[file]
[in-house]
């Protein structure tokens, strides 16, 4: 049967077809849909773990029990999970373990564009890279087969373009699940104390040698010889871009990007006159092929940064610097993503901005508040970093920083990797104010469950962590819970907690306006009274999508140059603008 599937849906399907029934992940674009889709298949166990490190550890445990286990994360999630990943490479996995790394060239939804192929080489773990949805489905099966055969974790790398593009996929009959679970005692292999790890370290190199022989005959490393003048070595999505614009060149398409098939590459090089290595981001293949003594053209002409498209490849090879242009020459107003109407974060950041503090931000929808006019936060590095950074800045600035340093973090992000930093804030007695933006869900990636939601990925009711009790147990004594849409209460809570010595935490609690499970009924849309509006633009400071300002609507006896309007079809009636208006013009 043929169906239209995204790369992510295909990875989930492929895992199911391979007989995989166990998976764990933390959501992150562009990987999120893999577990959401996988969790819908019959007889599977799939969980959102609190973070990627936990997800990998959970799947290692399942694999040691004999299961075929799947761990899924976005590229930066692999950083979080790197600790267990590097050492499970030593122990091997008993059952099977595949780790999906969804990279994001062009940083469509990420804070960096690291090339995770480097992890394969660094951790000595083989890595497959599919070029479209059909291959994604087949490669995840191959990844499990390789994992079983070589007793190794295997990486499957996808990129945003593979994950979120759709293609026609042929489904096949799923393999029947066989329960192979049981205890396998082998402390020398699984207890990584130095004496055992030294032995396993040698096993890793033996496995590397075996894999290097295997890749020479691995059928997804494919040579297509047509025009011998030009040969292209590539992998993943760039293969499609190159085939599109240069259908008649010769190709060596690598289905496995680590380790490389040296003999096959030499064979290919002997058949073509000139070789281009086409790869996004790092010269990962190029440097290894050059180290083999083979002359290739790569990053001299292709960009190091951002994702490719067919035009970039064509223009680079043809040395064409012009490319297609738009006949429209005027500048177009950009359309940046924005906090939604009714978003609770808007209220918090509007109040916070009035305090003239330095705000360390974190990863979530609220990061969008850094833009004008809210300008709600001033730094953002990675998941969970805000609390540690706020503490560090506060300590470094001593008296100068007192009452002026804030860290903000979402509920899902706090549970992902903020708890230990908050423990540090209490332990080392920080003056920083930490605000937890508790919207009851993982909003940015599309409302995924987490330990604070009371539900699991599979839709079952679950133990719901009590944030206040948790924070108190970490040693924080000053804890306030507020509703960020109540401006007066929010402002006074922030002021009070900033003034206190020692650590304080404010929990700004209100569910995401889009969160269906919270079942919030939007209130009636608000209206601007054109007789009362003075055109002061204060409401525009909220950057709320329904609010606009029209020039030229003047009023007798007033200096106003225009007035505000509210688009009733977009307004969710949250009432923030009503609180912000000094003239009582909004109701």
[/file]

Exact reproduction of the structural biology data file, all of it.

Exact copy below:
[in-house]
């Protein structure tokens, strides 16, 4: 049967077809849909773990029990999970373990564009890279087969373009699940104390040698010889871009990007006159092929940064610097993503901005508040970093920083990797104010469950962590819970907690306006009274999508140059603008 599937849906399907029934992940674009889709298949166990490190550890445990286990994360999630990943490479996995790394060239939804192929080489773990949805489905099966055969974790790398593009996929009959679970005692292999790890370290190199022989005959490393003048070595999505614009060149398409098939590459090089290595981001293949003594053209002409498209490849090879242009020459107003109407974060950041503090931000929808006019936060590095950074800045600035340093973090992000930093804030007695933006869900990636939601990925009711009790147990004594849409209460809570010595935490609690499970009924849309509006633009400071300002609507006896309007079809009636208006013009 043929169906239209995204790369992510295909990875989930492929895992199911391979007989995989166990998976764990933390959501992150562009990987999120893999577990959401996988969790819908019959007889599977799939969980959102609190973070990627936990997800990998959970799947290692399942694999040691004999299961075929799947761990899924976005590229930066692999950083979080790197600790267990590097050492499970030593122990091997008993059952099977595949780790999906969804990279994001062009940083469509990420804070960096690291090339995770480097992890394969660094951790000595083989890595497959599919070029479209059909291959994604087949490669995840191959990844499990390789994992079983070589007793190794295997990486499957996808990129945003593979994950979120759709293609026609042929489904096949799923393999029947066989329960192979049981205890396998082998402390020398699984207890990584130095004496055992030294032995396993040698096993890793033996496995590397075996894999290097295997890749020479691995059928997804494919040579297509047509025009011998030009040969292209590539992998993943760039293969499609190159085939599109240069259908008649010769190709060596690598289905496995680590380790490389040296003999096959030499064979290919002997058949073509000139070789281009086409790869996004790092010269990962190029440097290894050059180290083999083979002359290739790569990053001299292709960009190091951002994702490719067919035009970039064509223009680079043809040395064409012009490319297609738009006949429209005027500048177009950009359309940046924005906090939604009714978003609770808007209220918090509007109040916070009035305090003239330095705000360390974190990863979530609220990061969008850094833009004008809210300008709600001033730094953002990675998941969970805000609390540690706020503490560090506060300590470094001593008296100068007192009452002026804030860290903000979402509920899902706090549970992902903020708890230990908050423990540090209490332990080392920080003056920083930490605000937890508790919207009851993982909003940015599309409302995924987490330990604070009371539900699991599979839709079952679950133990719901009590944030206040948790924070108190970490040693924080000053804890306030507020509703960020109540401006007066929010402002006074922030002021009070900033003034206190020692650590304080404010929990700004209100569910995401889009969160269906919270079942919030939007209130009636608000209206601007054109007789009362003075055109002061204060409401525009909220950057709320329904609010606009029209020039030229003047009023007798007033200096106003225009007035505000509210688009009733977009307004969710949250009432923030009503609180912000000094003239009582909004109701």